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Tuesday, May 28
The Indiana Daily Student

campus academics & research

IUPD police dog receives light therapy for arthritis


IU athletic trainer Tim Garl claps his hands to his knees with excitement as his next patient appears in the room before jumping up on Garl. Indy, one of three police dogs working for the IU Police Department, began visiting Garl for low-level laser therapy treatments to help with his arthritis.  

The labrador retriever has been with the IUPD for nearly five years. Indy and his handler Rob Botts are responsible for walking venues prior to large events to search for bombs and other explosive devices. Recently, Botts began to notice minor differences in Indy’s behavior. 

“He worked fine because there’s that motivation to work, but the biggest thing that I was seeing was he wouldn’t get in the car,” Botts said. “So, he would get to the car, and you could tell that mentally he wanted to get in the car, but physically there was something stopping him from taking that leap.” 

Botts was introduced to Garl by his coworker, officer Ryan Skaggs. Skaggs thought about seeking treatment with Garl for his former K-9 at the IUPD, Zeus, when he was experiencing arthritis in his paw. They decided to retire Zeus before this treatment was necessary.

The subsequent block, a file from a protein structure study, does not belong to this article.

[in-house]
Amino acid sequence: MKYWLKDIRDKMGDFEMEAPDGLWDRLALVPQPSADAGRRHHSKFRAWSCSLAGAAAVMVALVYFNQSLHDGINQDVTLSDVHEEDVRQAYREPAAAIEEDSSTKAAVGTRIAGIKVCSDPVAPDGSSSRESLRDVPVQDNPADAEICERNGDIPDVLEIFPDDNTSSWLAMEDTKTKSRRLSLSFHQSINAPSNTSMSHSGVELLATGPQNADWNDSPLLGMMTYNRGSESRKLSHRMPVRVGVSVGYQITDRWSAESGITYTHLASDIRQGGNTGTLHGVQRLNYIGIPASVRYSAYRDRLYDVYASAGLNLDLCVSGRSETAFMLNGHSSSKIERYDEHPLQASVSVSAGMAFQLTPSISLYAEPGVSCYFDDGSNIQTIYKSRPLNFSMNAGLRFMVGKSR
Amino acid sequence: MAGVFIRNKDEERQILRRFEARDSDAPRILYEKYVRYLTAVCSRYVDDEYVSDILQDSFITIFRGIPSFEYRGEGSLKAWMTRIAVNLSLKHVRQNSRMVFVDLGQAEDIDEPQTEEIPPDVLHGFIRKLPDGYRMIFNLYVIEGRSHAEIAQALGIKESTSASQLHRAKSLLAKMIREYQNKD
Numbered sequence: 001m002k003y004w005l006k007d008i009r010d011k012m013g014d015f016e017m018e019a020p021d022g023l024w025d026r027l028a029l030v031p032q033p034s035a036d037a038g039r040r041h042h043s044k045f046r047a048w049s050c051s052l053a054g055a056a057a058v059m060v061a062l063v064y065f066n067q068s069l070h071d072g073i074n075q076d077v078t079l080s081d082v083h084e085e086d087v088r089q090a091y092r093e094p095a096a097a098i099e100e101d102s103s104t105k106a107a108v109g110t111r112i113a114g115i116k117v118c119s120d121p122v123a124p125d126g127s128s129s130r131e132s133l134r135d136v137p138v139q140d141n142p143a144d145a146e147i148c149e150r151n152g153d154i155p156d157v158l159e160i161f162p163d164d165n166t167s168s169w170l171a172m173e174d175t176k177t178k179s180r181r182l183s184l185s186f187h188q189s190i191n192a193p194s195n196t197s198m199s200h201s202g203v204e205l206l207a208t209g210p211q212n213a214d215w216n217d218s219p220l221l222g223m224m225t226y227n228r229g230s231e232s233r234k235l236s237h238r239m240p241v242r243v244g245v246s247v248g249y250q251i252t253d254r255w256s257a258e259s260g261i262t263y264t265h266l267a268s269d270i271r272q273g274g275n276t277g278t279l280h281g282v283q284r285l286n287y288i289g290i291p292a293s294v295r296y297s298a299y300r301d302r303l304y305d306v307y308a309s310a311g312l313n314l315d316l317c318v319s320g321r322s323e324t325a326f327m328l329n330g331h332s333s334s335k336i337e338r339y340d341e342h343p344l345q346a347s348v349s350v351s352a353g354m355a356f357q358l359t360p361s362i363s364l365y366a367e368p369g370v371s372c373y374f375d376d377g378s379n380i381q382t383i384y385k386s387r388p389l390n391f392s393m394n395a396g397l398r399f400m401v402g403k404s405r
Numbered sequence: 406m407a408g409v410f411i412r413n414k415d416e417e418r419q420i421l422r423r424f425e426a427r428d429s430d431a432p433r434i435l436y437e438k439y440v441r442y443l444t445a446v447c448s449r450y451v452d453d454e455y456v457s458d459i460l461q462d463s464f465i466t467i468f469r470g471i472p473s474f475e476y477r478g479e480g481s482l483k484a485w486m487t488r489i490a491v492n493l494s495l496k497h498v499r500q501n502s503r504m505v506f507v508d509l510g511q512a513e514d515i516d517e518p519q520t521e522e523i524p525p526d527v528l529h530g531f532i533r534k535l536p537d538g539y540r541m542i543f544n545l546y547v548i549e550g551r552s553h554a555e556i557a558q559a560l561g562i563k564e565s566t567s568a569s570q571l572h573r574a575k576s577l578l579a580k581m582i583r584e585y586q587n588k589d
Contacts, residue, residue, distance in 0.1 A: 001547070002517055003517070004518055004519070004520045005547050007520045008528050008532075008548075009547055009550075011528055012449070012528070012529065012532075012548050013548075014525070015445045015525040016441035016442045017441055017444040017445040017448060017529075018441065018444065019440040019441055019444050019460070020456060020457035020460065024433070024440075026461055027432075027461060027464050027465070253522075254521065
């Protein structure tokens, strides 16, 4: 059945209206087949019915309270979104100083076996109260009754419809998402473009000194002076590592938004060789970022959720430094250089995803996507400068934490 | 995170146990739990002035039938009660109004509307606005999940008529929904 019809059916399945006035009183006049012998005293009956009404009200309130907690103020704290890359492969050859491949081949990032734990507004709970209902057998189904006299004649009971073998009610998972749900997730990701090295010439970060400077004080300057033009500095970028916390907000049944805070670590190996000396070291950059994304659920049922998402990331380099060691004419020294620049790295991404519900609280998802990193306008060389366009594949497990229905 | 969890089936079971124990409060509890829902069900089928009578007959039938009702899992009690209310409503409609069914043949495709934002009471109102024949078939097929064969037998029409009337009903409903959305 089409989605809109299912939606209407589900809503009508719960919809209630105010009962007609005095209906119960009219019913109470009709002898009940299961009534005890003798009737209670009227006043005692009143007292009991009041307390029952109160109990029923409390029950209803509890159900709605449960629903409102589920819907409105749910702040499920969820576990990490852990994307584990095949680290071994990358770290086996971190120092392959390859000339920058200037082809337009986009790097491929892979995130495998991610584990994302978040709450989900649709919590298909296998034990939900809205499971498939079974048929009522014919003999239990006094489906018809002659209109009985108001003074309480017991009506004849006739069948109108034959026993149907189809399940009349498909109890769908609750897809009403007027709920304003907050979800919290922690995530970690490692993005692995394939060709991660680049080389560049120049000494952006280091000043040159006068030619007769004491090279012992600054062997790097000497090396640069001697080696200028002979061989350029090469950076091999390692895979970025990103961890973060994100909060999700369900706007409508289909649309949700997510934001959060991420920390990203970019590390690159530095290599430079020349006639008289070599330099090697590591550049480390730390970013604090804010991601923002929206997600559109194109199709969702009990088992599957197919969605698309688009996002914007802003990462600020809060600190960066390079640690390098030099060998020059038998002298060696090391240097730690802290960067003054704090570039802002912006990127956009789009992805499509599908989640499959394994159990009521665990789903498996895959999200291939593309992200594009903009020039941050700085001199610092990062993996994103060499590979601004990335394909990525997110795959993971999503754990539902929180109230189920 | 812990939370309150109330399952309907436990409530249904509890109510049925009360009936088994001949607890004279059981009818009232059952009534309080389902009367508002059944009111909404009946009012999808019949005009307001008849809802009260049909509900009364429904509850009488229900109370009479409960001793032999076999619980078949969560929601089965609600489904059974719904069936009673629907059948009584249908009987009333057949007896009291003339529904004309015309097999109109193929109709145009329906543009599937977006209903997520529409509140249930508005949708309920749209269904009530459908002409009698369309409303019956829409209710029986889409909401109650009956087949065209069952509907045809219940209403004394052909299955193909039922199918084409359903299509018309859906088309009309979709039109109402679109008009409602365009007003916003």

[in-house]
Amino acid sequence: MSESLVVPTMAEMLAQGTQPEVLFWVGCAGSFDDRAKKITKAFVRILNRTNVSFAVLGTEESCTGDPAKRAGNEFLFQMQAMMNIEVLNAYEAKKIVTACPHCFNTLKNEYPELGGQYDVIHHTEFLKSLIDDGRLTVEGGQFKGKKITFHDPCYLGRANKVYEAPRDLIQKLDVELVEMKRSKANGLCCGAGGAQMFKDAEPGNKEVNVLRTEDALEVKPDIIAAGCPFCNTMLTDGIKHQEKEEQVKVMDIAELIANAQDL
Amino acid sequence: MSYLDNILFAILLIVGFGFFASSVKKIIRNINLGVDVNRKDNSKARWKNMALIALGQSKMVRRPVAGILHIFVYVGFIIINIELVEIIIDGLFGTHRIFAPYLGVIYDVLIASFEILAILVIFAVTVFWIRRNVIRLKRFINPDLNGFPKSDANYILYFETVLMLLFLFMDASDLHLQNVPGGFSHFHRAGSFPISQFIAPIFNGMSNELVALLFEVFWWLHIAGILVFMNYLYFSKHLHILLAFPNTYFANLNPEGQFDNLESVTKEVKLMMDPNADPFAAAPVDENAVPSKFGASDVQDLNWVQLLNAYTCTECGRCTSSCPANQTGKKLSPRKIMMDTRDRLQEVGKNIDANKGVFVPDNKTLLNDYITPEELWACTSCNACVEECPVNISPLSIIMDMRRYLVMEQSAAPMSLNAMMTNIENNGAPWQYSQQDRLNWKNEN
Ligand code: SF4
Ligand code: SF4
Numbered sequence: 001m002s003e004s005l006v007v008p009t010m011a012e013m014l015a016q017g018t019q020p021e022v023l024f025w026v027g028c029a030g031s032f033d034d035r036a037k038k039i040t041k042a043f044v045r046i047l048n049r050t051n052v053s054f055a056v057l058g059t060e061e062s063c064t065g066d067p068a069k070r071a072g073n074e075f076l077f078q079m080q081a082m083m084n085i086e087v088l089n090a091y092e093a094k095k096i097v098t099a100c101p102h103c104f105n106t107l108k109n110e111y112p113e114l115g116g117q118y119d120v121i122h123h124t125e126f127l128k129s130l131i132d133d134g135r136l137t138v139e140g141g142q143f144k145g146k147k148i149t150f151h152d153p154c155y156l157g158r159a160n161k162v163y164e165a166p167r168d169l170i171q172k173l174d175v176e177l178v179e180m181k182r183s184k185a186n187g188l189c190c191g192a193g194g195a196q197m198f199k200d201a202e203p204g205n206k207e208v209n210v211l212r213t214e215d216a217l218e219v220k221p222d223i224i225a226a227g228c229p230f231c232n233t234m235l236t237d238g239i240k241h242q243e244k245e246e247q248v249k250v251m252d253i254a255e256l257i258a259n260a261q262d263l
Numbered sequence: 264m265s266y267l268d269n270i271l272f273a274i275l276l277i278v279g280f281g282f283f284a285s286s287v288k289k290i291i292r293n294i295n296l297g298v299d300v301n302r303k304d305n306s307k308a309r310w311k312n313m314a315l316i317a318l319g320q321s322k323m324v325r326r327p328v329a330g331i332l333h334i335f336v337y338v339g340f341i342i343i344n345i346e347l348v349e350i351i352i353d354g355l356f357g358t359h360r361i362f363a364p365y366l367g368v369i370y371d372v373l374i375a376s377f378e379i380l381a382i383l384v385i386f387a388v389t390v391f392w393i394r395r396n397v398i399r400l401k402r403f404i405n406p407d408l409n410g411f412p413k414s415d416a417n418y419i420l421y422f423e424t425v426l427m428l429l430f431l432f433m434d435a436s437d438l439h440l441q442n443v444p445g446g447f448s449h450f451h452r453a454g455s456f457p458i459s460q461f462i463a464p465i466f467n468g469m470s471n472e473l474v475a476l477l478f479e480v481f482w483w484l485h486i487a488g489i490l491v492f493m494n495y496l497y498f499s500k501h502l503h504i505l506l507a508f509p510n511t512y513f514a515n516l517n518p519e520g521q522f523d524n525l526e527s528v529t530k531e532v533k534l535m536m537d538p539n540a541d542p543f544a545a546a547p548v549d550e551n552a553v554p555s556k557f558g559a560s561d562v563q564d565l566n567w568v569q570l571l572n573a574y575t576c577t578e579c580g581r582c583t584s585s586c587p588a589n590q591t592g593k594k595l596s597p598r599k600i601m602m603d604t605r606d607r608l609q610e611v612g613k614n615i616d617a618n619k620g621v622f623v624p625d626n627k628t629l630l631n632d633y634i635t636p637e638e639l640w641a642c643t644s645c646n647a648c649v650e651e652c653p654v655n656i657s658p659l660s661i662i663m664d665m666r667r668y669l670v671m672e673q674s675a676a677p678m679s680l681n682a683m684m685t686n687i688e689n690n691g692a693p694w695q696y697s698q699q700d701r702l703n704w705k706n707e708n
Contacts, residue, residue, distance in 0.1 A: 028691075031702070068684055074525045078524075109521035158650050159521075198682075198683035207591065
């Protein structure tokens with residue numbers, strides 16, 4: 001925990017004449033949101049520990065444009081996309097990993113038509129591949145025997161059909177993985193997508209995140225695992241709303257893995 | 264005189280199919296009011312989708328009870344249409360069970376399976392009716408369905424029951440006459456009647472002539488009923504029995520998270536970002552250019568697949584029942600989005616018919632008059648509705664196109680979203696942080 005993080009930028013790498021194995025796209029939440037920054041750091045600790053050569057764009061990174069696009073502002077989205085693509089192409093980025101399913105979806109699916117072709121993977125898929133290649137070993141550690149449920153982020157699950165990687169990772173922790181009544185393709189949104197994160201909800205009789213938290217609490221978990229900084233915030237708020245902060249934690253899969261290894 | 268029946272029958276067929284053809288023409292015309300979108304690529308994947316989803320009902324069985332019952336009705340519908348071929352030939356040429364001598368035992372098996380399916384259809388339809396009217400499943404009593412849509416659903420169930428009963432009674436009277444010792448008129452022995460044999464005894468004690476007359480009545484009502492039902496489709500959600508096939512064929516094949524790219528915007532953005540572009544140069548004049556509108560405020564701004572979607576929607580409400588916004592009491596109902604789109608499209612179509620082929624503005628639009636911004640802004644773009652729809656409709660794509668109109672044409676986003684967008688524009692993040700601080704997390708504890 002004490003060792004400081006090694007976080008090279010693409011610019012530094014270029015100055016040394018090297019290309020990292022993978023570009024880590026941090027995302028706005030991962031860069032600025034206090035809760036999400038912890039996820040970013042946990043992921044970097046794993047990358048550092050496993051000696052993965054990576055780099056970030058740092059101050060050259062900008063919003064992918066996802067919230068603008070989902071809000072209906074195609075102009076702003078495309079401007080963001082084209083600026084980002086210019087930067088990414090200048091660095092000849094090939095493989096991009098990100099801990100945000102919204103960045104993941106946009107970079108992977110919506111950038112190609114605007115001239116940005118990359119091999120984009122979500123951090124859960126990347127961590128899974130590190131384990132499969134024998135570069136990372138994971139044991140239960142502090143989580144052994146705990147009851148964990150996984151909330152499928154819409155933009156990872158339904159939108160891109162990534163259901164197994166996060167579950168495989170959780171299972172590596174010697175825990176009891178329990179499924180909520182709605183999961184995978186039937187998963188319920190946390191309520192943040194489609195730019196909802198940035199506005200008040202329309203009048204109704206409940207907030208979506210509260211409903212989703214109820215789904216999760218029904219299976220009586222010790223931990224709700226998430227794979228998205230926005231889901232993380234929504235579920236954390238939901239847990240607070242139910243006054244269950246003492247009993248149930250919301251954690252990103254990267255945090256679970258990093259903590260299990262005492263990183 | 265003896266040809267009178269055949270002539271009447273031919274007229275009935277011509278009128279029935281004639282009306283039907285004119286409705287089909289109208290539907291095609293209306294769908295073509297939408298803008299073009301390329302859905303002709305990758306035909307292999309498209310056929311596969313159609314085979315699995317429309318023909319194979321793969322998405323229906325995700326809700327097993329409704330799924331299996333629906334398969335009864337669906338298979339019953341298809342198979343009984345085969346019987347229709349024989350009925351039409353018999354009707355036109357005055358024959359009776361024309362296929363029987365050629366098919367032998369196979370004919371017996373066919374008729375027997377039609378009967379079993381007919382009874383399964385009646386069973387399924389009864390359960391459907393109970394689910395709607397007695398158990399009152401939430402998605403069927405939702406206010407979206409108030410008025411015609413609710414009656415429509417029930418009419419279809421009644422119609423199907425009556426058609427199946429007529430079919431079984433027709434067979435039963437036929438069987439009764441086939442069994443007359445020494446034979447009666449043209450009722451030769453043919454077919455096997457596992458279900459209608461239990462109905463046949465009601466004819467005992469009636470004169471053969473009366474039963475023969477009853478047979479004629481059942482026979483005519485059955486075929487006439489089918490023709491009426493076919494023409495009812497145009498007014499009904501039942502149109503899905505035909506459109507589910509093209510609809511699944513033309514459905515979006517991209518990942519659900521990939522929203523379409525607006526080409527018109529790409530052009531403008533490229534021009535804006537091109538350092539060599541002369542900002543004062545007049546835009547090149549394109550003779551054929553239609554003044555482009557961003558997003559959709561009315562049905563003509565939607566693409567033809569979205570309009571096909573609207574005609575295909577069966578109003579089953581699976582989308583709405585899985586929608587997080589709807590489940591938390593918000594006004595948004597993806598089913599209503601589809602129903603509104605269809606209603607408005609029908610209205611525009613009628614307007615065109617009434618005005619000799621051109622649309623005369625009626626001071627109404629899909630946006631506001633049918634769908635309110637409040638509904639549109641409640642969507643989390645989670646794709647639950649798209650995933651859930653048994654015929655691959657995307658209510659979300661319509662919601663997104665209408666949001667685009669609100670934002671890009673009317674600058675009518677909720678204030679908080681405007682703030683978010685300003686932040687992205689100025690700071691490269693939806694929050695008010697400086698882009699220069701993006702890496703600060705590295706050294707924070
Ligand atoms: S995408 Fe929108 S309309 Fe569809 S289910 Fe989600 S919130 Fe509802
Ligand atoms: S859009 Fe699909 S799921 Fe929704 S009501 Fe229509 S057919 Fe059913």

“Since (the treatments and shots), I have not seen a limp one time,” Botts said. “He’s very active, he wants to work. He would run forever if I’d let him. When he was sore, you could tell he didn’t really want to do any of that stuff.” 

In his 43 years as an athletic trainer at IU, this is Garl’s first time working with a non-human patient. During the treatment, Garl kept one hand on Indy’s back while Botts fed him a continuous stream of treats to distract him from the process. The pair tried alternative options such as a ball, but treats were the only distraction that would get Indy to sit still. 

Indy’s veterinarian had already suggested low level laser therapy to accompany his monthly treatments of monoclonal antibody injections. According to Botts, these shots help the pain caused by the arthritis by reducing inflammation.  

The low level laser therapy triggers a process called photobiomodulation to decrease the inflammation in areas such as tissue. The process can decrease pain levels and speed up the healing process through increasing cellular metabolism. 

Indy began with three treatments a week, and after a month he transitioned to two treatments a week. Assuming he does not experience any relapses in his improvement, Garl and Botts plan to continue decreasing the number of treatments each month. 

Indy is one of two explosive detection dogs in the IUPD, so his health has a significant impact on the efficacy of the program.  

“I trust him with my life, and I trust everyone's life to him and his ability to do his job,” Botts said. “So, that’s why we try to keep him as healthy as possible.” 

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